| January 5, 2012
Oklahoma Losing Taxpayers to No-Income-Tax States
As we pointed out in these pages in April 2010, migration data show that Oklahoma has become somewhat of a magnet in recent years. We found that, generally, people come to Oklahoma for lower taxes, fewer unions, more space, and more affordable housing.
Given that Oklahoma is considering reducing or eliminating its personal income tax, in this article we will delve into the role that income taxes play in Oklahoma’s migration patterns.
Internal Revenue Service migration data by state are useful in determining where out-migrants are going and where in-migrants are coming from. The IRS data are segmented by the number of taxpayers (a good proxy for households), the number of exemptions (a good proxy for people), and adjusted gross income (AGI, a good proxy for household income).
As shown in Chart 1, since 2005 Oklahoma has attracted more people than it has lost. The recent in-migration has more than erased the out-migration that occurred prior to 2005. As such, between 1995 and 2009, Oklahoma has seen a net in-migration of 8,141 households, 50,315 people, and $832 million.
But Chart 1 is merely a top-level look at Oklahoma’s net migration. There are many subplots in the story. One of these subplots is the role of the income tax in migration patterns.
The way to explore this subplot is by comparing various characteristics of Oklahoma with those characteristics in the origin and destination states of migration
In economic terms, migrants are expressing their “revealed preferences” by moving to another state more in line with their preferences and values. Table 1 compares Oklahoma’s income tax burden to that in states that have net in-migration into Oklahoma and the states that have net out-migration from Oklahoma.
Oklahoma’s average income tax burden (as a percent of private sector personal income) over the 1995 to 2009 time period was 3.52 percent. For states that have a net in-migration into Oklahoma, households came from states where income tax burdens were 2.1 percent lower (3.45 percent), the number of people was 0.7 percent lower (3.5 percent), and income was 1.4 percent higher (3.57 percent).* Overall, it appears that for in-migrants, Oklahoma’s income tax does not appear to be a major factor.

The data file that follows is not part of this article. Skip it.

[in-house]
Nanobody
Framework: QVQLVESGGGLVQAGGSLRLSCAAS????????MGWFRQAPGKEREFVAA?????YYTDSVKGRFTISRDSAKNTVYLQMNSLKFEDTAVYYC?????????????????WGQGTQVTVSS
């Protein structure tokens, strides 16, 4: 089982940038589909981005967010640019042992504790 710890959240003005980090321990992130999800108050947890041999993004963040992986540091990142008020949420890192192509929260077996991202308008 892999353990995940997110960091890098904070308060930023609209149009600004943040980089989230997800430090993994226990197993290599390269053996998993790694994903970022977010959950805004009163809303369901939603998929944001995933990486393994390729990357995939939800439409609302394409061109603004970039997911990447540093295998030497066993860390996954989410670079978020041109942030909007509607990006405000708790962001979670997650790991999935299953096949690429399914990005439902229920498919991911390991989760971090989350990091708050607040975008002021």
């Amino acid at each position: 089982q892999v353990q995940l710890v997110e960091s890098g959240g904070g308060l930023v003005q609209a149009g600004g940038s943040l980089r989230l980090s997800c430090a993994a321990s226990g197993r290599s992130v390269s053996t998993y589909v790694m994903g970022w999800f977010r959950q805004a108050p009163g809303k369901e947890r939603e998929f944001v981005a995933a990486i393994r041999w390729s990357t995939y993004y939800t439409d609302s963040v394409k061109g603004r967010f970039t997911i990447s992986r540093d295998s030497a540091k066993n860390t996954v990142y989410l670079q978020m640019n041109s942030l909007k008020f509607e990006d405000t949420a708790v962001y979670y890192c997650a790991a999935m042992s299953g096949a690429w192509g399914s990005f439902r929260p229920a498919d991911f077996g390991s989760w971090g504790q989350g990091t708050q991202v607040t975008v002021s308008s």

On the other hand, out-migrants are a different story altogether. Oklahoma households are moving to states where income tax burdens were a whopping 69.4 percent lower (1.1 percent). Clearly, Oklahomans are showing a preference for dramatically lower income tax burdens.
More specifically, as shown in Table 2, Oklahomans are showing a strong preference for states with no income tax. In fact, five of the nine states with no income tax enjoy net in-migration of Oklahoma households, and six of the nine states enjoy net in-migration of Oklahoma income. Overall, between 1995 and 2009, Oklahoma has lost 16,675 households, 20,824 people, and $1.5 billion in income to these no-income-tax states.
Of course, Texas accounts for the vast majority of this flight to income-tax-haven states. The close proximity to the Lone Star State makes it easy for departing Oklahomans to enjoy income-tax-free status. However, on a net income per household basis, Florida wins hands-down—with an average of $328,838 per out-migrating household!
Overall, this analysis shows that Oklahoma policymakers should pay close attention to their state’s no-income-tax competitors, especially Texas and Florida. Eliminating Oklahoma’s income tax would go a long way toward equalizing the playing field with these two states. Doing so would dramatically boost Oklahoma’s net in-migration rate by eliminating a major reason for Oklahomans, and their income, to leave.
Economists J. Scott Moody (M.A., George Mason University) and Wendy P. Warcholik (Ph.D., George Mason University) are OCPA research fellows.
*The values for the origin states are based on the weighted average of these states in proportion to their representation of total in-migration from Oklahoma, and vice versa.